Thursday, August 24, 2006

Nominations For Book Group

*** This post has been moved back to the front page for more comments***

Here's the list of our nominations. Click on the title, for link to the book on Amazon. E-mail me if you didn't get the attachment via email with synopsis, and book covers to this list.

  1. Blind Assasin – Margaret Atwood
  2. The Handmaid's Tale - Margaret Atwood
  3. Atrocity Exhibition – J. G. Ballard
  4. Complicity – Iain Banks
  5. The Big Sleep – Raymond Chandler
  6. Ficciones - Luis Jorges Borges
  7. If on a winter's night a traveler - Italo Calvino
  8. The Devil and Mrs. Prym - Paul Coello
  9. White Noise - Don Delilo
  10. Virgin Suicides – Jeffrey Eugenides
  11. The Joke - Milan Kundera
  12. Atonement - Ian McEwan
  13. Kafka on the Shore – Haruki Murakami
  14. Choke – Chuck Palaniuk
  15. Loitering with Intent - Muriel Sparks


Amy said...

My choices are:
1. Blind Assasin
2. Big Sleep
3. Complicity

On another note, I love Murakami, and just read Kafka a few months ago. It's interesting and different, as Murakami always is. The synopsis really doesn't do justice to the book though. Yes, it's a departure for Murakami (ex. no character named Noburo Watanabe); however, there is a considerable amount of graphic violence and cruelty against cats. If I knew how bad (painful to read) those parts would be, I probably would have spared myself the nightmares and the $30 for the book. But of course they don't put that in the synopsis. The reason for my comment? if you think graphic violence and cruelty against animals will offend you, it's not a good book for you.

CChen said...

Hi Amy, thanks for your votes, and duly noted on comments about Kafka on the Shore.

The Wind-Up Bird Chronicles also had incredibly detailed descriptions of torture that have stayed with me until today. However in case of Wind-Up, I felt the violence was necessary in the exploration of the themes.

While the violence you describe in Kafka sounds gratuitous, I'm curious as to what purpose, if any, it serves in the narrative.

If Kafka does gets picked, anyone who feels uncomfortable reading it should feel free to opt out for that month.

Amy said...

I somehow don't remember any graphic violence in Wind-up Bird. Maybe I just blocked it out. And having read the reviews for Kafka on Amazon and B&N, I feel as though I didn't even read the same book! No one even mentioned cat gore. Maybe it was my translation (I read it in German) or maybe it's because I live with 80 cats (no joke). Who knows? In the interest of full disclosure though, I have to say, even AP's Animal Cops makes me cry, so I could be overly sensitive. I will say that Kafka kept me engrossed, but it was like, what did cats do to you? The worst I want to do to the evil cat with which I live is help it escape.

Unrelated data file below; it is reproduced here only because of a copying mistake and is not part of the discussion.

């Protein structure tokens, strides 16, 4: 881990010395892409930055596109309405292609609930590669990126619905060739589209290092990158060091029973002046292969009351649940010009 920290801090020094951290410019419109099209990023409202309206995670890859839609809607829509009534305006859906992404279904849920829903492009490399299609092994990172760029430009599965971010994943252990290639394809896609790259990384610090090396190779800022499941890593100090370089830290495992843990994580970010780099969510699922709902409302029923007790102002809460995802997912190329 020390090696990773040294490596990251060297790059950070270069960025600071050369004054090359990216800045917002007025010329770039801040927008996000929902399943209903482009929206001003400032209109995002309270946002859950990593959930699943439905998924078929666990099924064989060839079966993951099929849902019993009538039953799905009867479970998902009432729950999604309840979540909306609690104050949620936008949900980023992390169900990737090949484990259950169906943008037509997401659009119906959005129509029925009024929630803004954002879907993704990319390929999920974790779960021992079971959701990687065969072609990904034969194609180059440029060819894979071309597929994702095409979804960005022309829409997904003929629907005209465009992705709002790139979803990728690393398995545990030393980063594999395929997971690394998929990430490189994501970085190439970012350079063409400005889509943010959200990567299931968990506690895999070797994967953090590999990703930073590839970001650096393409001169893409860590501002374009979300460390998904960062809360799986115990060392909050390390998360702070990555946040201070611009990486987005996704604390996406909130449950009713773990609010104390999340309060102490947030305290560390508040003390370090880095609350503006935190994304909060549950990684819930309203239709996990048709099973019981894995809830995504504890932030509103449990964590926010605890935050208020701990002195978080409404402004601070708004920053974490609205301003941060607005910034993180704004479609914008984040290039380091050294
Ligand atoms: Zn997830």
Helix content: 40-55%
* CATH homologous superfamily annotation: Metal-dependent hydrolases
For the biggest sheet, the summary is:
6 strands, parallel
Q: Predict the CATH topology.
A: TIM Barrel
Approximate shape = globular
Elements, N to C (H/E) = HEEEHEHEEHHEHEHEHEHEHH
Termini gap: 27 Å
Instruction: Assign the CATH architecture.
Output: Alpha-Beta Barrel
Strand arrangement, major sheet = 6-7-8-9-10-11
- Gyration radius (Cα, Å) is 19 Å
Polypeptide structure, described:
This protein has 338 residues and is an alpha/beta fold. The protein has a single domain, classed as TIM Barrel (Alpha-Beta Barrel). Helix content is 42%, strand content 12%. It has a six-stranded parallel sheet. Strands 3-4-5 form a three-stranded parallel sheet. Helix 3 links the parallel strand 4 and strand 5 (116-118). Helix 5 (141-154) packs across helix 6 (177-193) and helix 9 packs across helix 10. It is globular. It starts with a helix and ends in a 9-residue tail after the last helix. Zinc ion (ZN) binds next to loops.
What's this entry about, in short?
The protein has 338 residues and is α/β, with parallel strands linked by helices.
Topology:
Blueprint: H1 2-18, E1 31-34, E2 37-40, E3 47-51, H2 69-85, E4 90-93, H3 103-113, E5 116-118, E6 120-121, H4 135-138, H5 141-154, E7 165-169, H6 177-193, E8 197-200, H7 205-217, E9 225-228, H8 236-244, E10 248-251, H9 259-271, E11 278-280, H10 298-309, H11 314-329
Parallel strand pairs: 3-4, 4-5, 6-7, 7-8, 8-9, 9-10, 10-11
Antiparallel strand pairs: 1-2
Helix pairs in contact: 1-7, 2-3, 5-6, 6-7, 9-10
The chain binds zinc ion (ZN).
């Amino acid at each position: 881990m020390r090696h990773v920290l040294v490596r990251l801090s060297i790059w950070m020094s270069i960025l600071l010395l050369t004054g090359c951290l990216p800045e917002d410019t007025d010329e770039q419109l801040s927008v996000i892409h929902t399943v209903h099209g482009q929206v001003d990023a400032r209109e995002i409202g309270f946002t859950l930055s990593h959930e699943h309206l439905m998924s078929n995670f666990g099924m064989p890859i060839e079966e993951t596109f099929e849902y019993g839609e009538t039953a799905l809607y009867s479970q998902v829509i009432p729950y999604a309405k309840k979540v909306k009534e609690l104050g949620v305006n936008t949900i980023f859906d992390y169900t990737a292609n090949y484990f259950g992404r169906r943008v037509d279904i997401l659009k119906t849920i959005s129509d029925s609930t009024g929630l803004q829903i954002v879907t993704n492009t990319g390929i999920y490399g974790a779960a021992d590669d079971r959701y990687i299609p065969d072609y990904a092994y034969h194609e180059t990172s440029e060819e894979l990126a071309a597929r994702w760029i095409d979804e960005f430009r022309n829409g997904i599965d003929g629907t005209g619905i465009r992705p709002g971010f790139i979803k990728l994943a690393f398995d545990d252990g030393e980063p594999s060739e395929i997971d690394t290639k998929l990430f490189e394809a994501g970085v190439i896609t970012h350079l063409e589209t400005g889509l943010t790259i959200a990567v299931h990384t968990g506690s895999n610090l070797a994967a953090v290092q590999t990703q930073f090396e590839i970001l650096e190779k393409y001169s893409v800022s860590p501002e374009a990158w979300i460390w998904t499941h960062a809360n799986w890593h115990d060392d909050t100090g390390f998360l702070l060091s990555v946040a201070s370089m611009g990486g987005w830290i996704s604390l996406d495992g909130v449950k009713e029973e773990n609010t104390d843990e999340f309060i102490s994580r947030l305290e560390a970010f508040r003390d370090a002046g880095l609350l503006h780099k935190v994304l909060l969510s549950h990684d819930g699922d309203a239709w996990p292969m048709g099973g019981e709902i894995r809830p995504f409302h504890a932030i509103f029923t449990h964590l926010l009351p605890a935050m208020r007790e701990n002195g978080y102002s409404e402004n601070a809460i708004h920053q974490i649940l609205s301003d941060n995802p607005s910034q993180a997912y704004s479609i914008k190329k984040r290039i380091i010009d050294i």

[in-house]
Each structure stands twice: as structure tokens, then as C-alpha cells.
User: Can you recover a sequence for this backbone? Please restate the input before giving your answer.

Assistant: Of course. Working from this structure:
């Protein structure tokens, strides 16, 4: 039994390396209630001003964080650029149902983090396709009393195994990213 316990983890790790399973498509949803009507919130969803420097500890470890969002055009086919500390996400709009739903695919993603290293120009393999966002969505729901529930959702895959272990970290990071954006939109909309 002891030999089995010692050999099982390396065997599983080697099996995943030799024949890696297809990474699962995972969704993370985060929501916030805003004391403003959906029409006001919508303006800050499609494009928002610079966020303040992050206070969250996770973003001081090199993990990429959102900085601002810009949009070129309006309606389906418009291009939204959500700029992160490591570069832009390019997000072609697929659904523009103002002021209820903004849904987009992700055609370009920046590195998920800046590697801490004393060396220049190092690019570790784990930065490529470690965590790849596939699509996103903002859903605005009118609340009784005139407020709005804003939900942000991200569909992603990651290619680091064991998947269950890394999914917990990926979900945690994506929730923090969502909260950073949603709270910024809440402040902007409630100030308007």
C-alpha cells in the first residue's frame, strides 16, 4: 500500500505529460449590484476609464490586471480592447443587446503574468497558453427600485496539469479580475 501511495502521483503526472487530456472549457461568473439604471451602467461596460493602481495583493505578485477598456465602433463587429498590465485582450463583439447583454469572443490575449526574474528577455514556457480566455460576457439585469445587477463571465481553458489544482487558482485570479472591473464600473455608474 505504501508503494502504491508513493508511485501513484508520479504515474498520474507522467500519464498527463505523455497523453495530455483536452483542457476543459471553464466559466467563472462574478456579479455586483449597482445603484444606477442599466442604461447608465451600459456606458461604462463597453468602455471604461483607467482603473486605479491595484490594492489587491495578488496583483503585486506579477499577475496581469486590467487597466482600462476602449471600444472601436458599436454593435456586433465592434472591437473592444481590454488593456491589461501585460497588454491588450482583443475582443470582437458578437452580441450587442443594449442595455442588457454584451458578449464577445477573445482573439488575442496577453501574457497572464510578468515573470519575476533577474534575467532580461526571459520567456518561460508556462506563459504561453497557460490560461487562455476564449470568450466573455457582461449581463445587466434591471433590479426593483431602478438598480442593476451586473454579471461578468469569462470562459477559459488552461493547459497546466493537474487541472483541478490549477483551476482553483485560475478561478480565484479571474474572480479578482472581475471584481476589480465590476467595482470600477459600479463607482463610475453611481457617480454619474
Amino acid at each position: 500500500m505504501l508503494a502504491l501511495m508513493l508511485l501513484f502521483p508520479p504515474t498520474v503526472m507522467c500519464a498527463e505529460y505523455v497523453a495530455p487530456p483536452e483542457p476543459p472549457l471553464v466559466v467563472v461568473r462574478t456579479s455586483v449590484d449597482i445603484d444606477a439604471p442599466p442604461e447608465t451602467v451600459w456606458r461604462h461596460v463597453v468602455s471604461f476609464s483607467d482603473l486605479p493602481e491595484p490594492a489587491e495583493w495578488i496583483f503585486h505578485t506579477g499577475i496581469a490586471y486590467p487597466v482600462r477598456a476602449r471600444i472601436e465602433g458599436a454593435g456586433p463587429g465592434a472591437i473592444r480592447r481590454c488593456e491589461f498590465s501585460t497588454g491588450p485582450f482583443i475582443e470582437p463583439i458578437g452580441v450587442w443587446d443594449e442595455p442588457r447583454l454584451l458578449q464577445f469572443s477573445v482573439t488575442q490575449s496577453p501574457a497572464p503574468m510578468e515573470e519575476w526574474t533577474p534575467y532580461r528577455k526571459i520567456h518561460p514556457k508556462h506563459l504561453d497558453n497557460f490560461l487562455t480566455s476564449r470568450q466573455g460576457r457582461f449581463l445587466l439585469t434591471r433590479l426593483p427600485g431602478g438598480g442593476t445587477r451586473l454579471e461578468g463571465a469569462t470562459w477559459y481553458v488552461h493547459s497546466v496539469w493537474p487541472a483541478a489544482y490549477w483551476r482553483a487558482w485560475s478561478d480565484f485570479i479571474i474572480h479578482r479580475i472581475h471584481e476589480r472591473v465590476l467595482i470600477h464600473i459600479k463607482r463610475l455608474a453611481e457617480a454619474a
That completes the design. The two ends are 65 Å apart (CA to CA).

CChen said...

Hey Animal Cop's makes me cry too! And kudos to you for the cats, I only have two and feel as if sometimes I will go insane. (but then again my two cats tend to try to kill each other so...)

And *spoiler for anyone who has not read Wind-up*, the violence I'm talking about is the Mongolians skinning one of the Japanese they capture..shudder.

CChen said...

My choice btw are:

1. White Noise
2. The Devil and Mrs. Prym
3. Complicity

I have to say it was a difficult decision, since I want to read almost everything we picked. But here we are, thought I'd post them before I changed my mind once again, and thanks again Amy for getting us started^_^.

David U. said...

My choices:

1. Complicity
2. The Devil and Mrs. Prym
3. Ficciones

tina said...

1. Loitering with Intent

tina said...

2. Atonement
3. Blind Assasin

Sorry about the double entry. Seems I can't keep my fingers off of that tab button ...

steph said...

I ended up picking books that sound intriguing but would never read on my own. i'm looking forward to this! =)

1. atrocity exhibition
2. kafka on the shore
3. white noise